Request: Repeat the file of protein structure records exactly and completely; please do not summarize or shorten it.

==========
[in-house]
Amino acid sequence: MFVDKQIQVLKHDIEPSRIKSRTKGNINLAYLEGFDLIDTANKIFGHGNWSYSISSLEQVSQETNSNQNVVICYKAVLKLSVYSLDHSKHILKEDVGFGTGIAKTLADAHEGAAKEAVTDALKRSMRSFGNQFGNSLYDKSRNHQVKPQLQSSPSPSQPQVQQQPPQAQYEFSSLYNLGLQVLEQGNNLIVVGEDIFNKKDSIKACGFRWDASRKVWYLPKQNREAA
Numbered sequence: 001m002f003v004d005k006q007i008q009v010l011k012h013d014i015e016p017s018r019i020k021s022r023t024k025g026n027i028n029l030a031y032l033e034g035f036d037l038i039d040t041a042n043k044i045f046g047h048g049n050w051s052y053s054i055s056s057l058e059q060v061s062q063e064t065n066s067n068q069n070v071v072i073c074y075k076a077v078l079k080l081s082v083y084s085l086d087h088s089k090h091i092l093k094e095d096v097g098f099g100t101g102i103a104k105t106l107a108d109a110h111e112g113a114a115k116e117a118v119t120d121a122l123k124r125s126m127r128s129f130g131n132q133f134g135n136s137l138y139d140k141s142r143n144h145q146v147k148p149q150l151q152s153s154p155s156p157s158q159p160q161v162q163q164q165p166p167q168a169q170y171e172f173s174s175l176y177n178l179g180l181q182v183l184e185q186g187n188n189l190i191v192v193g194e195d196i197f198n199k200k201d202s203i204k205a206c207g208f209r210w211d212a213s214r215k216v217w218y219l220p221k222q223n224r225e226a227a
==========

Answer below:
[in-house]
Amino acid sequence: MFVDKQIQVLKHDIEPSRIKSRTKGNINLAYLEGFDLIDTANKIFGHGNWSYSISSLEQVSQETNSNQNVVICYKAVLKLSVYSLDHSKHILKEDVGFGTGIAKTLADAHEGAAKEAVTDALKRSMRSFGNQFGNSLYDKSRNHQVKPQLQSSPSPSQPQVQQQPPQAQYEFSSLYNLGLQVLEQGNNLIVVGEDIFNKKDSIKACGFRWDASRKVWYLPKQNREAA
Numbered sequence: 001m002f003v004d005k006q007i008q009v010l011k012h013d014i015e016p017s018r019i020k021s022r023t024k025g026n027i028n029l030a031y032l033e034g035f036d037l038i039d040t041a042n043k044i045f046g047h048g049n050w051s052y053s054i055s056s057l058e059q060v061s062q063e064t065n066s067n068q069n070v071v072i073c074y075k076a077v078l079k080l081s082v083y084s085l086d087h088s089k090h091i092l093k094e095d096v097g098f099g100t101g102i103a104k105t106l107a108d109a110h111e112g113a114a115k116e117a118v119t120d121a122l123k124r125s126m127r128s129f130g131n132q133f134g135n136s137l138y139d140k141s142r143n144h145q146v147k148p149q150l151q152s153s154p155s156p157s158q159p160q161v162q163q164q165p166p167q168a169q170y171e172f173s174s175l176y177n178l179g180l181q182v183l184e185q186g187n188n189l190i191v192v193g194e195d196i197f198n199k200k201d202s203i204k205a206c207g208f209r210w211d212a213s214r215k216v217w218y219l220p221k222q223n224r225e226a227a